BBC is already calling them “hobbits”.
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2000 British readers of the Radio Times voted Homer Simpson for President. The cartoon character tops a list of several fictional TV characters, which UK tellly viewers would prefer as US president. According to the BBC, “The West Wing’s” “real” fictional US President, Josiah Bartlet, polled second, only slightly ahead of radio therapist Frasier (link via Pulpmovies blog).

While it is true that executing such a poll is utterly bizarre in itself, I must applaud those interviewed for assembling such a supreme cast for a fictional replay of the 2004 Presidential race. British humour at its best.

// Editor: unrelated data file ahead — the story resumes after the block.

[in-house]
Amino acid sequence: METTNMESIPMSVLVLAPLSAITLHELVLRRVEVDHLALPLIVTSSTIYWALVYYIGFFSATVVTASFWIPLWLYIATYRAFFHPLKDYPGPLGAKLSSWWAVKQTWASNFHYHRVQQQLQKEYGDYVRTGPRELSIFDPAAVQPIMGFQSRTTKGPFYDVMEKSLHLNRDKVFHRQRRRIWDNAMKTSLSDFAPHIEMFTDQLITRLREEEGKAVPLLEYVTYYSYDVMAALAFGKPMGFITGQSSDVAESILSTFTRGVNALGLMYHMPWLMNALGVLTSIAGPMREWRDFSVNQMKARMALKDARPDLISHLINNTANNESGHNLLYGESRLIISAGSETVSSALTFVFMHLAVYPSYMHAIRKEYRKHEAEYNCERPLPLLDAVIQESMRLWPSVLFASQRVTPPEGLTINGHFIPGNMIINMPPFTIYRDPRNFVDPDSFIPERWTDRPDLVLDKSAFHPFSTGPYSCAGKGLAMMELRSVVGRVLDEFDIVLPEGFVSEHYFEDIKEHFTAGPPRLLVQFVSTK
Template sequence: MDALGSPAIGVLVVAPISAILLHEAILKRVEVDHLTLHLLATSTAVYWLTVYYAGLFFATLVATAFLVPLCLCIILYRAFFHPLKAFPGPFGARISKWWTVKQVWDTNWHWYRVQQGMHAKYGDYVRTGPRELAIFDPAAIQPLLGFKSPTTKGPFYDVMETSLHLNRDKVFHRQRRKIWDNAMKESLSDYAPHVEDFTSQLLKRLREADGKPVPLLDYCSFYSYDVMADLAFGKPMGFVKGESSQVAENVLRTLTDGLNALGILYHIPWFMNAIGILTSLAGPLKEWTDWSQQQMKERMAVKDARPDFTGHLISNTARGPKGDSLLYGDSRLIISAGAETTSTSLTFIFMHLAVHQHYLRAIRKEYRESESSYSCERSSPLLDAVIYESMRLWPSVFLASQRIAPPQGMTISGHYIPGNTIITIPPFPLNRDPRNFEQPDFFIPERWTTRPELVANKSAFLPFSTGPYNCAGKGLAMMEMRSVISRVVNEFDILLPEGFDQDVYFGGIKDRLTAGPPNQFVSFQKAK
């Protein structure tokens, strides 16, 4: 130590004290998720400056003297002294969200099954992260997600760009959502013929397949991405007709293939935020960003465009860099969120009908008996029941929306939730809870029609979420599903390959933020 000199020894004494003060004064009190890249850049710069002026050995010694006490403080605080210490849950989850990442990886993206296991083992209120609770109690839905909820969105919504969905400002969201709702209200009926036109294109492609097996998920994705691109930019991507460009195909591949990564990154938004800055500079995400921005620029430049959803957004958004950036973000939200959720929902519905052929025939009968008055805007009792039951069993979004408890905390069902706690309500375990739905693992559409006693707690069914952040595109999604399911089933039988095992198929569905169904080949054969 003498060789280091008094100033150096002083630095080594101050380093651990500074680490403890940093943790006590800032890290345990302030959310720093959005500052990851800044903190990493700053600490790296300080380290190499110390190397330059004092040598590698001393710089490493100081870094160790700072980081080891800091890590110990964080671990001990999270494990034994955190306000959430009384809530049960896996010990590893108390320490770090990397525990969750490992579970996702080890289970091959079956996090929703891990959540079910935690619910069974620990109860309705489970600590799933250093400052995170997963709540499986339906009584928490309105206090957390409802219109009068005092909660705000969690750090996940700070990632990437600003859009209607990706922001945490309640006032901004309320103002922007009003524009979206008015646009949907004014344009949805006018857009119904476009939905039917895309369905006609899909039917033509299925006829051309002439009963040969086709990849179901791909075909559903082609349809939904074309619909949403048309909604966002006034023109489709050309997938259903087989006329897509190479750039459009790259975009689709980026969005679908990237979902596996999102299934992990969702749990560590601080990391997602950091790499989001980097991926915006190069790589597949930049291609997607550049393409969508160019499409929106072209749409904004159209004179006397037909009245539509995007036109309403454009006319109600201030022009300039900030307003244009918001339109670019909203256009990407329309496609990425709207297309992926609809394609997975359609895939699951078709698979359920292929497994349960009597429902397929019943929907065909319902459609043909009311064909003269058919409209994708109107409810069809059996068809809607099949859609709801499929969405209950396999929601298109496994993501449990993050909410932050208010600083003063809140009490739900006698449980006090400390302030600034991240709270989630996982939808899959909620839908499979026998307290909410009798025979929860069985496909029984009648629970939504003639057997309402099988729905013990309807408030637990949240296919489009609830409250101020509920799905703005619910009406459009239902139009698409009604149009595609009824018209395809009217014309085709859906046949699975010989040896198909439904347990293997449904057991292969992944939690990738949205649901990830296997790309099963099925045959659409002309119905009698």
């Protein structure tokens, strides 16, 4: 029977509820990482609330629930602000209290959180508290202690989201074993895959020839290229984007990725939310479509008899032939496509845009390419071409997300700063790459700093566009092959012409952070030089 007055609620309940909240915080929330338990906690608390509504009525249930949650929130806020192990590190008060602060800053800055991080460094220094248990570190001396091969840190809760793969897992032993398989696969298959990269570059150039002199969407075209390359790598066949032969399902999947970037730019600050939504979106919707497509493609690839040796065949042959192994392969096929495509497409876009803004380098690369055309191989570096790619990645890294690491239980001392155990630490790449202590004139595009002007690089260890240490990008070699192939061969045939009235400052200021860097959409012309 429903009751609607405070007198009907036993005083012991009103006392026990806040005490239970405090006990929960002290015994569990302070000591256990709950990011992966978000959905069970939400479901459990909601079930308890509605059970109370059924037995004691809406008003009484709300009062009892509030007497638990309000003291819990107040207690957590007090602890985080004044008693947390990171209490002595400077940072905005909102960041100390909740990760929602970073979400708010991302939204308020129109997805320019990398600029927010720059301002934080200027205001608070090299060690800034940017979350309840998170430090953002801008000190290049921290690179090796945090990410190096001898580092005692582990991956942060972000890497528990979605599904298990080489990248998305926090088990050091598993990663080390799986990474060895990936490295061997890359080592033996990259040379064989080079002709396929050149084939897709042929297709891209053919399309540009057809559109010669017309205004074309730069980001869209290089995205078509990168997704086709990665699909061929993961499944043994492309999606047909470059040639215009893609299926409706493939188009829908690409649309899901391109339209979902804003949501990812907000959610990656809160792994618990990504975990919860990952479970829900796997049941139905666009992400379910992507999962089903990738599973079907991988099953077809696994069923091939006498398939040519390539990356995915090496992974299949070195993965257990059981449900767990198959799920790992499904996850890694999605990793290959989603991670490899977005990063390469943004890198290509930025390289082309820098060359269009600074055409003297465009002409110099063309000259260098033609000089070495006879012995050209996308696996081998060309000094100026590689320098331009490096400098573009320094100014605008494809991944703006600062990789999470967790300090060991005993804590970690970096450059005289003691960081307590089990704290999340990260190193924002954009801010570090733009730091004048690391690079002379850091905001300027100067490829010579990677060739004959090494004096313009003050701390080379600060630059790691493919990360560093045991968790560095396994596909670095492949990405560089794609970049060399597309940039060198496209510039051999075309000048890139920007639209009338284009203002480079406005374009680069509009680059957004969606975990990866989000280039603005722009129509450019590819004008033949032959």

Naturally, the German ZDF television is not quite as subtle: The title of tonight’s feature about the President and the Senator was only slightly biased: “Cowboy vs. Gentleman.” Just another example of what Christoph Amend wrote about in last week’s “Die Zeit” (in German) – Fernsehweh (impossible to translate, the word means something like “it hurts to watch what is actually broadcast given our desire to watch something better” – true, German can be very concise at times).

Hitchcock in Rome.

“It is better to take time to get it right.”

When Jos? Manuel Barroso asked the European Parliament with these words not to vote on his current commission line-up, European Parlamentarians welcomed his decision, downplaying that he was rather late for the party, emphasizing that he showed up at all. But of course, the EP is having a party Mr Barroso had no intent to attend at all. His decision is a concession of defeat.